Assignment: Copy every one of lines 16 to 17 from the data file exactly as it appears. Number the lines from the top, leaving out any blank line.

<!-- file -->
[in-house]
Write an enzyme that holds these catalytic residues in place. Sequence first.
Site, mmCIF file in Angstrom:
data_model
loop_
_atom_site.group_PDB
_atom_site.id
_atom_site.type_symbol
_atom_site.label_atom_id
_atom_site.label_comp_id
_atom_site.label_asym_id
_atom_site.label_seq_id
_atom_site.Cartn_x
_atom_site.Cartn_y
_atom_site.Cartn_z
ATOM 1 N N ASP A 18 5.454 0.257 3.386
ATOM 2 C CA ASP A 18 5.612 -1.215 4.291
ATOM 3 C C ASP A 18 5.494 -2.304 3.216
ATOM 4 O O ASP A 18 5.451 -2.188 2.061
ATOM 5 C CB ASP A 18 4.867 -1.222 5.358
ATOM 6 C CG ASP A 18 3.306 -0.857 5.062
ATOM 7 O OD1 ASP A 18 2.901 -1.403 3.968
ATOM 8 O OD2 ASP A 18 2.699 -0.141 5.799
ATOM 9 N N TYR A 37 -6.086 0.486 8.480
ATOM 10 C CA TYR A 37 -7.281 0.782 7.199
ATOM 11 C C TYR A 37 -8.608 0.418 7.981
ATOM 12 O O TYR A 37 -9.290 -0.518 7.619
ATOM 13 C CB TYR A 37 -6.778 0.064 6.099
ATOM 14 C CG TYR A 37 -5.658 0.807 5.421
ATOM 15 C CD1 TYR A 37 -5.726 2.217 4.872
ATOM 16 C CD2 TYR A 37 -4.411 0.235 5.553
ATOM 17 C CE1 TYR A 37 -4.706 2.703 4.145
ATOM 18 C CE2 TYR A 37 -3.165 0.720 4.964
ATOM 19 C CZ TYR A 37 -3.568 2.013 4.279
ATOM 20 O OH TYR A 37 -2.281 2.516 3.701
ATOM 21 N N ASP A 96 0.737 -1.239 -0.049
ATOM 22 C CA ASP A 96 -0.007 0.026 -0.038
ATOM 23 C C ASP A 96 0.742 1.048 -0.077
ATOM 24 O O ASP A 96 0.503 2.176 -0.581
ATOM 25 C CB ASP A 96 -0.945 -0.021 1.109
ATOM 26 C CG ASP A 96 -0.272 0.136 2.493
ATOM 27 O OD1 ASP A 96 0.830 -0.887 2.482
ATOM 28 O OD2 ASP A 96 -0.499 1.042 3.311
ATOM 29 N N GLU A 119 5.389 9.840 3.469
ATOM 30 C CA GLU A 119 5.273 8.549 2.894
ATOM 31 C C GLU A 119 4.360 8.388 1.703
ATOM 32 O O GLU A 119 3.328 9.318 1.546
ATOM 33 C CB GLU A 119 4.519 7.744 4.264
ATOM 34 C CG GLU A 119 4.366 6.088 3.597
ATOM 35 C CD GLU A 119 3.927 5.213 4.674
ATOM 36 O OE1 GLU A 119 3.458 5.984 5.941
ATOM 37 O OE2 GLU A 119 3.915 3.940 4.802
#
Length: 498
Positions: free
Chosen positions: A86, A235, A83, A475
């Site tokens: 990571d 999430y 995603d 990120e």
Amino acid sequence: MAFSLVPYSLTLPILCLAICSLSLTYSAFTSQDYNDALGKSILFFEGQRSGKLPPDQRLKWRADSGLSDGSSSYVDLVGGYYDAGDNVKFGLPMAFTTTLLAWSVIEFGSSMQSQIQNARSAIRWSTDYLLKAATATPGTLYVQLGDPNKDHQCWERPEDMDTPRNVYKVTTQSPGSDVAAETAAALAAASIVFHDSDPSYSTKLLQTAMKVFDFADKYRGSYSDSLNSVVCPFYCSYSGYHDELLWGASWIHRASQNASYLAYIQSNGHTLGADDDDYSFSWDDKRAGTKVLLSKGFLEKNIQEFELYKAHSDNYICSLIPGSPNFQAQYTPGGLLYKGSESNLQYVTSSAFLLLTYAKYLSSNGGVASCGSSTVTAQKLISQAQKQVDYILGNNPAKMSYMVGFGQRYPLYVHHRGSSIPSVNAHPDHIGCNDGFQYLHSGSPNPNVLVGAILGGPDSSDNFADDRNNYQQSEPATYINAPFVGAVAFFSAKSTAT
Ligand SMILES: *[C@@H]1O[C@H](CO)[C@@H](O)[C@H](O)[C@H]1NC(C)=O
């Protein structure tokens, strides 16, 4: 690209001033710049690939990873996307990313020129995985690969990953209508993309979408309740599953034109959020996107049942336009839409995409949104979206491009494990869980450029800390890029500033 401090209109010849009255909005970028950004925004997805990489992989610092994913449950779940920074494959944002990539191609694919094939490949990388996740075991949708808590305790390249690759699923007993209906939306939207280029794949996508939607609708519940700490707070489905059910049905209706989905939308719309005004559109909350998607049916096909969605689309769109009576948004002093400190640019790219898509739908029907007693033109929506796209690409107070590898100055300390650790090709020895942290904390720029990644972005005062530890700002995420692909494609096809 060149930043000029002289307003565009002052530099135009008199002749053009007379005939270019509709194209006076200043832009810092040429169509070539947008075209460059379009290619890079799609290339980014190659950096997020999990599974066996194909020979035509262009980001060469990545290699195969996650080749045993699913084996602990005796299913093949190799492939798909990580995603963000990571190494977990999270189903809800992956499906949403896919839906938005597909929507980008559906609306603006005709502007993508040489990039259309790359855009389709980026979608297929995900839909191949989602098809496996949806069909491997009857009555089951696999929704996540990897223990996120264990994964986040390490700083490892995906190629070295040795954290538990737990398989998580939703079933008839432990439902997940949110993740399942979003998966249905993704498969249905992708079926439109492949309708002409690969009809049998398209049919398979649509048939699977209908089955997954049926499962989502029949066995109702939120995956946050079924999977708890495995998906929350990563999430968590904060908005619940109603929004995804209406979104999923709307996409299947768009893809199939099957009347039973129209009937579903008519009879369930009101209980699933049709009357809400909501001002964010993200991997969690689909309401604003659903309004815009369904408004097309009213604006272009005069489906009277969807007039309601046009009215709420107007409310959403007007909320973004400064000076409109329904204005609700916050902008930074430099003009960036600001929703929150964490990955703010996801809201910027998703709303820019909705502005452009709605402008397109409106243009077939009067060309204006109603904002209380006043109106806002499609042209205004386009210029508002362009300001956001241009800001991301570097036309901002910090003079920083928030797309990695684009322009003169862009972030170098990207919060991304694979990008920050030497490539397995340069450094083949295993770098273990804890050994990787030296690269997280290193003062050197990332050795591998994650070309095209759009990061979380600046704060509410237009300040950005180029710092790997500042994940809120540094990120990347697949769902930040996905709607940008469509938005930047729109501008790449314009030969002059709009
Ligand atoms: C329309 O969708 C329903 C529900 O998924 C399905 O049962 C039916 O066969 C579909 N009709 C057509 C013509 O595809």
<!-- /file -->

ATOM 1 N N ASP A 18 5.454 0.257 3.386
ATOM 2 C CA ASP A 18 5.612 -1.215 4.291